Louisiana: Helping Build Family Values … and Families


¡Freak Flag Fly!

Begging your pardon, there are certain things we need to make clear. Let us start with two paragraphs from Judge Edward D. Rubin that bear actual life-altering influence:

The court grants the Petitioners’ Motion for Summary Judgment and denies the Defendants’ Motion for Summary Judgment. It hereby declares that La. Const. Article XII, Section 15 (the Defense of Marriage Act/DOMA) and La. Civil Code Articles 86, 89, and 3520(B) are unconstitutional because they violate the Due Process and Equal Protection Clauses of the 14th Amendment to the U.S. Constitution and Article IV, Section 1, the Full faith and Credit Clause of the United States Constitution. Louisiana’s Revenue Bulletin No. 13-024 (9/13/13) is likewise declared unconstitutional as it violates the petitioners’ rights guaranteed by the Due Process and Equal Protection Clauses of the 14th Amendment of the U.S. Constitution. Hence, Tim Barfield in his official capacity as the Secretary of the State of Louisiana Department of Revenue, is hereby ordered to act in accordance with this court’s ruling and allow the petitioners to file their state tax returns as a couple whose marriage is valid and recognized in Louisiana. The court hereby enjoins the state from enforcing the above referenced laws to the extent that these laws prohibit a person from marrying another person of the same sex. Additionally, having ruled that the petitioners’ marriage shall be recognized by the state of Louisiana, it follows that Angela Marie Costanza has satisfied the requirement of stepparent under the provisions of La. Ch. C. article 1243, which allows for intrafamily adoption. The court reaffirms its previous decision in Adoption of (__) which declared Angela Costanza’s adoption of (__) to be in the child’s best interest. The minor child, (__), is declared, for all purposes to be the child of petitioner, Angela Marie Costanza to the same extent as if (__) had been born to Angela Costanza in marriage. As such, the court further orders Devin George in his official capacity of the State’s Registrar of Vital Records, to issue a new birth certificate naming Angela Costanza as (__)’s mother.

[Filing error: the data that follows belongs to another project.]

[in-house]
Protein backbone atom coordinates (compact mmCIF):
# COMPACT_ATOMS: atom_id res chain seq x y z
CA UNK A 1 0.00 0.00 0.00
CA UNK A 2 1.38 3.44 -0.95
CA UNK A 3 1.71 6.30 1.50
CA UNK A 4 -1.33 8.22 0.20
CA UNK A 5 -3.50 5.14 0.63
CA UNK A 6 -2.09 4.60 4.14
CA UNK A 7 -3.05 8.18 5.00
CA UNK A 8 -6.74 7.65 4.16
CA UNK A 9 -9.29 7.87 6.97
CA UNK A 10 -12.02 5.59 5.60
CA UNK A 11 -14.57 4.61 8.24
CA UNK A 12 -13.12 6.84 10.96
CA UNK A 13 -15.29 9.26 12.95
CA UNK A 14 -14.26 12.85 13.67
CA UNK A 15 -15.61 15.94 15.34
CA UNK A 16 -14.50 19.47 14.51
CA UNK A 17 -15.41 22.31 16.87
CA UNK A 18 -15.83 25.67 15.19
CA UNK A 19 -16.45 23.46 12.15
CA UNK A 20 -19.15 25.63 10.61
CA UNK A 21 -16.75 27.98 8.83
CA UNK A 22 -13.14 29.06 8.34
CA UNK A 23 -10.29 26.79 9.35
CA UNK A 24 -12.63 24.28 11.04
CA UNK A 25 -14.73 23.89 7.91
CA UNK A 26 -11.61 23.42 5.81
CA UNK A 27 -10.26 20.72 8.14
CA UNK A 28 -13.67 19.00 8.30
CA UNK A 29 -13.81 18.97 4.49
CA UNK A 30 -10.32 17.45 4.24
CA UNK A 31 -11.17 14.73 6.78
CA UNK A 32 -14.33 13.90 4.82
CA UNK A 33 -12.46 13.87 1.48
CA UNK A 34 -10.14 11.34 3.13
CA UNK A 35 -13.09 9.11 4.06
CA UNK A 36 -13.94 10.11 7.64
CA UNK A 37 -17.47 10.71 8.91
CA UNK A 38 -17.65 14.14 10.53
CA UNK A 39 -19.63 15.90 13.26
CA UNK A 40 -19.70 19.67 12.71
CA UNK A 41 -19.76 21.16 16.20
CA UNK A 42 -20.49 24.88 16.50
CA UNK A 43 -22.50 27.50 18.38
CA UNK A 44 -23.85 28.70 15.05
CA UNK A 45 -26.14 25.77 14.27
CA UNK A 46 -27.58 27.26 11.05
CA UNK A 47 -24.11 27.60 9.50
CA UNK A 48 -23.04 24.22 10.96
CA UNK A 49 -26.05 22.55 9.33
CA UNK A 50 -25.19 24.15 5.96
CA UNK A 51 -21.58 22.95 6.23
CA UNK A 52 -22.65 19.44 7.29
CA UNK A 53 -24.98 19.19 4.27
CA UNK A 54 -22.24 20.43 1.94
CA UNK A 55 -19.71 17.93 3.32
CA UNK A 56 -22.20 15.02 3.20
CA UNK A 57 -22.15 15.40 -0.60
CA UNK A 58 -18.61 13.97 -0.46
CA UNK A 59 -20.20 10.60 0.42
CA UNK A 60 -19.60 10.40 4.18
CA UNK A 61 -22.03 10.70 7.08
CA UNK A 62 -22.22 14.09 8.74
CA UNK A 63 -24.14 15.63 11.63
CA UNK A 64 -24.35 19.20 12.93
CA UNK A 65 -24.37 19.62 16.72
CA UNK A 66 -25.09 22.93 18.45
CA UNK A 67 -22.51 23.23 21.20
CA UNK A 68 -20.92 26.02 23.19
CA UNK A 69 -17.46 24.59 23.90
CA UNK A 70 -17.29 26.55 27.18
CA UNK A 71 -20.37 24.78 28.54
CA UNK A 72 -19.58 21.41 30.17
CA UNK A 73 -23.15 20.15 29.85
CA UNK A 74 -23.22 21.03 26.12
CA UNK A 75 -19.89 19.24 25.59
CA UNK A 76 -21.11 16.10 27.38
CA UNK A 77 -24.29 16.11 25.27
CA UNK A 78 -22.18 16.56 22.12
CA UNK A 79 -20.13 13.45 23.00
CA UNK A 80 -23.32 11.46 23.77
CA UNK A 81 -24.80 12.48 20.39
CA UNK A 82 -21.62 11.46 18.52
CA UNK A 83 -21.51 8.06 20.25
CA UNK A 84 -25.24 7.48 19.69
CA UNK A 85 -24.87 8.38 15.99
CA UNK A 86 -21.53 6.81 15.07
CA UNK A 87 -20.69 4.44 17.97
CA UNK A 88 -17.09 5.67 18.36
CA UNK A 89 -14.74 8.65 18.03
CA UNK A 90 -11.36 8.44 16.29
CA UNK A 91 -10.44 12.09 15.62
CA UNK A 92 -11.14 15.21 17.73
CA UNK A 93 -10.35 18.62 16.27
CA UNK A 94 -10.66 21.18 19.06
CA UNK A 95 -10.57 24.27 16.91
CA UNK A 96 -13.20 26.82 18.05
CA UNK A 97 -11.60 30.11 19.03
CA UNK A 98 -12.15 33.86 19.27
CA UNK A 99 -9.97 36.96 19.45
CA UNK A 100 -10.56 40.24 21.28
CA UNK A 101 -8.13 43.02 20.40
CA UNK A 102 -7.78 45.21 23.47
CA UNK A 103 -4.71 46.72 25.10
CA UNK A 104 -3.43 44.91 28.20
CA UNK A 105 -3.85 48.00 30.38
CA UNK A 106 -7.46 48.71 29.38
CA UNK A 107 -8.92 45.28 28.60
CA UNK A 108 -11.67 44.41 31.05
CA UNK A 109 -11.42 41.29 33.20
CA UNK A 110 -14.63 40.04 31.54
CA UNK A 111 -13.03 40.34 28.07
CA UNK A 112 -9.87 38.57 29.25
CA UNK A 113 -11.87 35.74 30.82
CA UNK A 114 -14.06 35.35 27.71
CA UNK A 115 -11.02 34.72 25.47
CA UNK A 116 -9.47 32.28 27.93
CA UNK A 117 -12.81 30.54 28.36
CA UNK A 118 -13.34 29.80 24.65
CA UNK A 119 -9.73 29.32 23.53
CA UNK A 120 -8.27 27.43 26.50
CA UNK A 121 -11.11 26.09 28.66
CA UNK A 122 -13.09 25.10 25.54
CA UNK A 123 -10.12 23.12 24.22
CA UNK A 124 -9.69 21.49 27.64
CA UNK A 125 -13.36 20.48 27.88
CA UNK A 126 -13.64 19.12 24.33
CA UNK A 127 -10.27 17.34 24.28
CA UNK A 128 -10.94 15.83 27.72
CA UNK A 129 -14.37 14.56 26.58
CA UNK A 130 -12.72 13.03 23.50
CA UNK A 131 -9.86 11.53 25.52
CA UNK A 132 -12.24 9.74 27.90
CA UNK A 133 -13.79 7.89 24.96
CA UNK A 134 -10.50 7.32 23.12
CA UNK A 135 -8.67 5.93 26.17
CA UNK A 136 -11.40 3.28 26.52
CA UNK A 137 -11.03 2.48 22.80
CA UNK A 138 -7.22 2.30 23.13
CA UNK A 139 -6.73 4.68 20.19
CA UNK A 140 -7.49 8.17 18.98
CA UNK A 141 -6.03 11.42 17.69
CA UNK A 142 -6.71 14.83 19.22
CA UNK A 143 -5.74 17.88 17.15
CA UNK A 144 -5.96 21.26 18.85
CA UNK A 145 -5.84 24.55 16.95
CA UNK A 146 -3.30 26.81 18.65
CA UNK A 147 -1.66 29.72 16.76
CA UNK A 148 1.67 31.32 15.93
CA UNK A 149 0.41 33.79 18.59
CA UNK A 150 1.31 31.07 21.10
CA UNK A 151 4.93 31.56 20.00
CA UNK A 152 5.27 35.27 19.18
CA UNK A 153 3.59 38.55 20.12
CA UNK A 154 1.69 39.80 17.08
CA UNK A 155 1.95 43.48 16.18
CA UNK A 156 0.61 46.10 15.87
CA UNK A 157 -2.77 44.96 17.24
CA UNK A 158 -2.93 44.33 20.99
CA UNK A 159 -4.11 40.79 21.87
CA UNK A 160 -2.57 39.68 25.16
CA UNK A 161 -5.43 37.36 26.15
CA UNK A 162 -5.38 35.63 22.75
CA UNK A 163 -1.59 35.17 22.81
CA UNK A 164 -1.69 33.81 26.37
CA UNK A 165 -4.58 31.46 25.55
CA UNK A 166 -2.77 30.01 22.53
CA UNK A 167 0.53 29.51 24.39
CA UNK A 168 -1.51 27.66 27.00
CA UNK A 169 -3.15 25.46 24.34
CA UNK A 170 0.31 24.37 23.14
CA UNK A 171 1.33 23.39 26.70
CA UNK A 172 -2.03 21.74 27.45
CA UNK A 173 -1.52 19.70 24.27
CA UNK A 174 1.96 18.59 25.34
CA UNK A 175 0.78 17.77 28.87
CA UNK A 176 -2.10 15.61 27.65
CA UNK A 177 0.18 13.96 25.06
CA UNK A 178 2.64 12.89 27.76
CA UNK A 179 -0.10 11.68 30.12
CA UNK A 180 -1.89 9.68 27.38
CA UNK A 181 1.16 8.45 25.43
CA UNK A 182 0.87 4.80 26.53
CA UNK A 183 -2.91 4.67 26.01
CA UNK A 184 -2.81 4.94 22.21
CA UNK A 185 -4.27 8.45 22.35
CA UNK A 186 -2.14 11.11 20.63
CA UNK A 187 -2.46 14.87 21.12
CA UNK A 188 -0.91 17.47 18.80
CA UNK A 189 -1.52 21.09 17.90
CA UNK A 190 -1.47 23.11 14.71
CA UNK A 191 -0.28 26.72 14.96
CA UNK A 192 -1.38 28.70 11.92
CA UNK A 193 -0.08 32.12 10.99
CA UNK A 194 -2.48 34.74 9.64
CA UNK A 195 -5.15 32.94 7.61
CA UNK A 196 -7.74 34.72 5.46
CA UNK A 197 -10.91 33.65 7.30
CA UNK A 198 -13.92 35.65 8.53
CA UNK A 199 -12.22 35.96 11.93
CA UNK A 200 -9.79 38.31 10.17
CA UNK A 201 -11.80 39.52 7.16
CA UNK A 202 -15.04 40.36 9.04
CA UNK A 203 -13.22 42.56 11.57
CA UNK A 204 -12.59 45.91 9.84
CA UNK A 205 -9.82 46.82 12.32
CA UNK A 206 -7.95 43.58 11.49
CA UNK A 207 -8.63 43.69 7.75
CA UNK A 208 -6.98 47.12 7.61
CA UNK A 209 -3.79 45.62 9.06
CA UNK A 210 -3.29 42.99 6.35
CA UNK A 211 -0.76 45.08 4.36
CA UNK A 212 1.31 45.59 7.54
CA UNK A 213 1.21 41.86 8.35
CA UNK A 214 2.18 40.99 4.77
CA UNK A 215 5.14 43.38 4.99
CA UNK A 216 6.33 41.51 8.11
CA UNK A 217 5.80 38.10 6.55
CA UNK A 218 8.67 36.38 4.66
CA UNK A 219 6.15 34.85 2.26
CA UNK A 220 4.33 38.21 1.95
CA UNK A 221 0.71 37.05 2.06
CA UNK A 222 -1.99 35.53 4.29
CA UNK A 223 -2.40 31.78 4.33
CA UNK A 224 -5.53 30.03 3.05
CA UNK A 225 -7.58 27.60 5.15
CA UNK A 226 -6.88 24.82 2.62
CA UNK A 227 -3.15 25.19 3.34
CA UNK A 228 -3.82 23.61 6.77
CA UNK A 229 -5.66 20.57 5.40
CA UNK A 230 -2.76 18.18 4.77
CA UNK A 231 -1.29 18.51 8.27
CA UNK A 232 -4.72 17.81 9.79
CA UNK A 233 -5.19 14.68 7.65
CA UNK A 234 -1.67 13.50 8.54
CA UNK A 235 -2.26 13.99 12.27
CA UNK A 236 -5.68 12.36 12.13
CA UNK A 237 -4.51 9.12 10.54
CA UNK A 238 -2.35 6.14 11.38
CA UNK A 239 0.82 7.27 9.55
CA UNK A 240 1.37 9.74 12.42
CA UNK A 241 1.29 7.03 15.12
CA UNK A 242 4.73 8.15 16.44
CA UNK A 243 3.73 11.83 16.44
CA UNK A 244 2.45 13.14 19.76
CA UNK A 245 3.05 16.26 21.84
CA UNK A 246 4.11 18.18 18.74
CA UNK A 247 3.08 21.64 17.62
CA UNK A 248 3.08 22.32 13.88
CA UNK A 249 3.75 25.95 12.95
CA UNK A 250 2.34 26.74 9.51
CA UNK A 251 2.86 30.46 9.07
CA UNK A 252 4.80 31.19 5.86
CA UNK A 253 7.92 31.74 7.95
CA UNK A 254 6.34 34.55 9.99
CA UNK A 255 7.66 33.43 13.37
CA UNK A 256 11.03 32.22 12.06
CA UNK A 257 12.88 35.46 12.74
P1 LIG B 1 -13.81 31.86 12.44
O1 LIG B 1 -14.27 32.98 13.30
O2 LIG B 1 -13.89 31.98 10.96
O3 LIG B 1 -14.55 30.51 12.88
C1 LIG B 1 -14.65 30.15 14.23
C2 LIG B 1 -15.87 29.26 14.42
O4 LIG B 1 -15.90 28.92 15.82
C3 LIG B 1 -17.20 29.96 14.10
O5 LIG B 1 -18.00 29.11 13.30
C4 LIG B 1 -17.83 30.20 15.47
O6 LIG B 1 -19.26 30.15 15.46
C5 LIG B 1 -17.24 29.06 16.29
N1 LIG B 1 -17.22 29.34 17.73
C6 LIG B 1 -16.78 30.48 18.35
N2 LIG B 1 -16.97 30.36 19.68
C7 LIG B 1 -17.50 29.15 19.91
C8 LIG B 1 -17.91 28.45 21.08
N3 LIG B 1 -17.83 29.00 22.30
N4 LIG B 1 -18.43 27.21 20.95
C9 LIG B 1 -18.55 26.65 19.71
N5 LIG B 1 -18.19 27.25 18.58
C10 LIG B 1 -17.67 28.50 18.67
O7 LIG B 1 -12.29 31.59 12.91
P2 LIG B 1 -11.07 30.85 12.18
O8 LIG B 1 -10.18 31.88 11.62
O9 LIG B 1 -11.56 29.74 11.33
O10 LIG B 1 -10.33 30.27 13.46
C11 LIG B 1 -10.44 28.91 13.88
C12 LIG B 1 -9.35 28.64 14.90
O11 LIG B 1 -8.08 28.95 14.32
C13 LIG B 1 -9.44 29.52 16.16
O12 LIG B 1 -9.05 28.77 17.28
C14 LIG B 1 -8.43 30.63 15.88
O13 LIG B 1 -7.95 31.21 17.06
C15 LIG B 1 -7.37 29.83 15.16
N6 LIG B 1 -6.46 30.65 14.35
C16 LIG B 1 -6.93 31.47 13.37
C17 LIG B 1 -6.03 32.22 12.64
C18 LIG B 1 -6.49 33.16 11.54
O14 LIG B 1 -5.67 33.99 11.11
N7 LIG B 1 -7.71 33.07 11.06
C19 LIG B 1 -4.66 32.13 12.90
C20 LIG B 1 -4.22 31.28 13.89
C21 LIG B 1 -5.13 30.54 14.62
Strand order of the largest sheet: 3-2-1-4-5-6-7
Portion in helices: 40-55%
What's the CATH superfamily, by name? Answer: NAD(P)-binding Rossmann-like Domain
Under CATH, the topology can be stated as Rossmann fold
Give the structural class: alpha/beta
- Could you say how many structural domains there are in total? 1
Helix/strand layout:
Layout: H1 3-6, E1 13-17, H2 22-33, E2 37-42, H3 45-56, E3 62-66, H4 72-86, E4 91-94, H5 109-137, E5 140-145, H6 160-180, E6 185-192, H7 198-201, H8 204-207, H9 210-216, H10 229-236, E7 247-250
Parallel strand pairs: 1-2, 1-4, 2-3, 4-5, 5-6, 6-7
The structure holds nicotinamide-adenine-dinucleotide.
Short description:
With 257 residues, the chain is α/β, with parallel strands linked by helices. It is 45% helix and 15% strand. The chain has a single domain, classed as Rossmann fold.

The State of Louisiana is hereby ordered to recognize the Petitioners’ marriage validly contracted in California as lawful in this state, pursuant to the Full Faith and Credit guaranteed by Article IV, Section 1 of the United States Constitution.

This is what it looks like when justice comes.

There is, of course, a backstory.

Continue reading

This America Is Brought To You By ….


Remember this ....Via that blessed scourge otherwise known as Facebook comes a lovely gem that everyone should grab a local copy of, and hang onto until the 2016 presidential race. Some things really are that important.

(Tip o’the hat to D.P.)

Ignorance of History


“Does the House Report say that? Of course, the House Report says that.”

Paul Clement

Chief Justice John RobertsThere really is no point in gloating, fretting, or prognosticating about what we’ve heard from the Supreme Court this week. Indeed, even Justice Scalia—the Great Grumpus Cat of the Supreme Court—can still surprise, and when weighing his homophobia in a tax fight, it’s hard to figure which way he’ll go.